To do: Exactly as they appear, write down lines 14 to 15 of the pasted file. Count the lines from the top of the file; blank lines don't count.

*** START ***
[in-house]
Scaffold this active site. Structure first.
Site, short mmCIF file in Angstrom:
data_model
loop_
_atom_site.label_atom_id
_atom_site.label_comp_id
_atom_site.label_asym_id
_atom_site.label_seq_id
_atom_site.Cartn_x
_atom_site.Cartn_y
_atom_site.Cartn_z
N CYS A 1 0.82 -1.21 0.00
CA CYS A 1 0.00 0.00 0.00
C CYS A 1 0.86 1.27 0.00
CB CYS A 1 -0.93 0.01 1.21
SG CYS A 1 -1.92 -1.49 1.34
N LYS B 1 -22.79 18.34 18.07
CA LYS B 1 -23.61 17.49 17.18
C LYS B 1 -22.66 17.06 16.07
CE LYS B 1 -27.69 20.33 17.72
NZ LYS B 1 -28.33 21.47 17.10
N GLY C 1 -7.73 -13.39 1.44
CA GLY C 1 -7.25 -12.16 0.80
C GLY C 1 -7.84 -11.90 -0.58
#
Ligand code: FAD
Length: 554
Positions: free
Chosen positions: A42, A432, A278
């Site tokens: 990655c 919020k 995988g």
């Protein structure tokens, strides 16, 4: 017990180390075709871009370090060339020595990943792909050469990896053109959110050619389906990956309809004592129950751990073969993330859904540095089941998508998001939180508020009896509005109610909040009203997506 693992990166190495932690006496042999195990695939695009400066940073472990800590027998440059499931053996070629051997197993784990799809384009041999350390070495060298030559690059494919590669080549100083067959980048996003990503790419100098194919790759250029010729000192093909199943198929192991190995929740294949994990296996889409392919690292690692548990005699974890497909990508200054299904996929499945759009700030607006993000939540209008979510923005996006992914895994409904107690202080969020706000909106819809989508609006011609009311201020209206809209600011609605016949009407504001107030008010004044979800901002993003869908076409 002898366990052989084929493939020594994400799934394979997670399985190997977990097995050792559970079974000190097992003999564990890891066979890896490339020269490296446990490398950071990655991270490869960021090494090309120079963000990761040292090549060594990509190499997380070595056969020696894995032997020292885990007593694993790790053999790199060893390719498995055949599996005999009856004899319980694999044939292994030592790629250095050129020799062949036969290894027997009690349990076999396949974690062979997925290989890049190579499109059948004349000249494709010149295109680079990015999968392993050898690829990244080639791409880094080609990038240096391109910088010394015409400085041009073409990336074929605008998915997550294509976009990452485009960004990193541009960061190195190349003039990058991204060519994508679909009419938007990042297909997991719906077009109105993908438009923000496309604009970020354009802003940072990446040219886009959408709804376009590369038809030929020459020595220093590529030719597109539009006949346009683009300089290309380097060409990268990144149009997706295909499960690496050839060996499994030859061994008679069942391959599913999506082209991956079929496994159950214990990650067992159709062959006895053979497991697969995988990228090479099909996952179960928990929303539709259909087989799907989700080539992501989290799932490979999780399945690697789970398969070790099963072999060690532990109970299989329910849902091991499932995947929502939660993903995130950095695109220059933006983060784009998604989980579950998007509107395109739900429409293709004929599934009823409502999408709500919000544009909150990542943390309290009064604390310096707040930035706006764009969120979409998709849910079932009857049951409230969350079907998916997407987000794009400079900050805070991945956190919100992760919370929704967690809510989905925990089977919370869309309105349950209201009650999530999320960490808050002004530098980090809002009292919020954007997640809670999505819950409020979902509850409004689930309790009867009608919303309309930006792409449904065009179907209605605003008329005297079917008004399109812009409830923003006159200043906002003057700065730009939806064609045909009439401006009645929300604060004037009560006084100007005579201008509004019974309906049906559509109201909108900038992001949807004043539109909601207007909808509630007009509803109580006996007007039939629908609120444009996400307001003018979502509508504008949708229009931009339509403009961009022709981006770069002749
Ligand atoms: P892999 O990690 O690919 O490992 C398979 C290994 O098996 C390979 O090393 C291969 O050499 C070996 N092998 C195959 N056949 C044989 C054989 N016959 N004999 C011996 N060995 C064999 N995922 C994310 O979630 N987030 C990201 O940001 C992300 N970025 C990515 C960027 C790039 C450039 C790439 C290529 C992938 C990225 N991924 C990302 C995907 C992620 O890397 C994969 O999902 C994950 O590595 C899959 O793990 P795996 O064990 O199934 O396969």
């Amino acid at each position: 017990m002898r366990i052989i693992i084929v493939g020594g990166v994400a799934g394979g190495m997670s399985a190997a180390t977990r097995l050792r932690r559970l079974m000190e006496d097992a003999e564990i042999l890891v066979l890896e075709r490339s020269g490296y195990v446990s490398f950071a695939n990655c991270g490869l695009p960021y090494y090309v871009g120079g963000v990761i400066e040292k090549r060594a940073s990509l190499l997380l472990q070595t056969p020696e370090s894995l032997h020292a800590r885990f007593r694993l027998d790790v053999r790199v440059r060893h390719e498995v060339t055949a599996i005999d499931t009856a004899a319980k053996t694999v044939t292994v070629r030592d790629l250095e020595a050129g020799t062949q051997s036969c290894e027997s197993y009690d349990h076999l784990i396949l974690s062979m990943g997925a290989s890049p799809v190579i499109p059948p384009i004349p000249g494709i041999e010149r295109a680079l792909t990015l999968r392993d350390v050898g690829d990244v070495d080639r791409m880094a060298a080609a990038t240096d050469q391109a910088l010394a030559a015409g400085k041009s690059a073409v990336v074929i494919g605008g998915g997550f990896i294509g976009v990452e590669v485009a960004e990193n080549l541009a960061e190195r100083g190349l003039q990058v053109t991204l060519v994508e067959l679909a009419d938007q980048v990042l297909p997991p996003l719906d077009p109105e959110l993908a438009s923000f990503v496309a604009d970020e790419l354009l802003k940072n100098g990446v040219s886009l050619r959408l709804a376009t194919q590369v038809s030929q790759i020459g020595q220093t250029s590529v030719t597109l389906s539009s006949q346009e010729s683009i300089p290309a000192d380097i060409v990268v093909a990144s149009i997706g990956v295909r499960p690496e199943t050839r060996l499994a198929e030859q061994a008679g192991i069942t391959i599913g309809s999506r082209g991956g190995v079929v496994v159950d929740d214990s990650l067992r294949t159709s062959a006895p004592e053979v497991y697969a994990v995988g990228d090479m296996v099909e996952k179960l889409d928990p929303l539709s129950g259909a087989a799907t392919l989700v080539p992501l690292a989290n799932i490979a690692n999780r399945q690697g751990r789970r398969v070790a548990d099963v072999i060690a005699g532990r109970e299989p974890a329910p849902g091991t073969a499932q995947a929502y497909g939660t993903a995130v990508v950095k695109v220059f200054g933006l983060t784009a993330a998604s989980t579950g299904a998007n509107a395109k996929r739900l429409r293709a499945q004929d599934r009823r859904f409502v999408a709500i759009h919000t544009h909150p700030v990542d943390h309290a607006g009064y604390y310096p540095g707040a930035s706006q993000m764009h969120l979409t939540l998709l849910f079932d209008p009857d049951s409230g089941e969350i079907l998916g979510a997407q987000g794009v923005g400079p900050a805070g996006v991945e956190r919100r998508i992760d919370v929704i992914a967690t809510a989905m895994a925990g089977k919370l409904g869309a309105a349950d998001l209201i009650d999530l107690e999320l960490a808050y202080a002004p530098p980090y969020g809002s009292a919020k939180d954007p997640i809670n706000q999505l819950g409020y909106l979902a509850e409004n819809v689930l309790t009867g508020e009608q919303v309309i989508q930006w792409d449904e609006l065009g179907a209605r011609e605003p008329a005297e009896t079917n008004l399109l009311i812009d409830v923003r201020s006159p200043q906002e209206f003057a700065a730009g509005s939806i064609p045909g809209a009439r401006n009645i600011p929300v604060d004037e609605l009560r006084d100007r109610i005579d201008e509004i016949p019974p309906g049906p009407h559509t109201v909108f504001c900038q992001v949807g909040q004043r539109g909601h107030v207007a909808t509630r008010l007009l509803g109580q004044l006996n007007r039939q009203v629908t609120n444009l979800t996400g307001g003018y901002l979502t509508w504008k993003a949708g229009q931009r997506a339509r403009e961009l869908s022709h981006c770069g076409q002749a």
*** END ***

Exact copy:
CA CYS A 1 0.00 0.00 0.00
C CYS A 1 0.86 1.27 0.00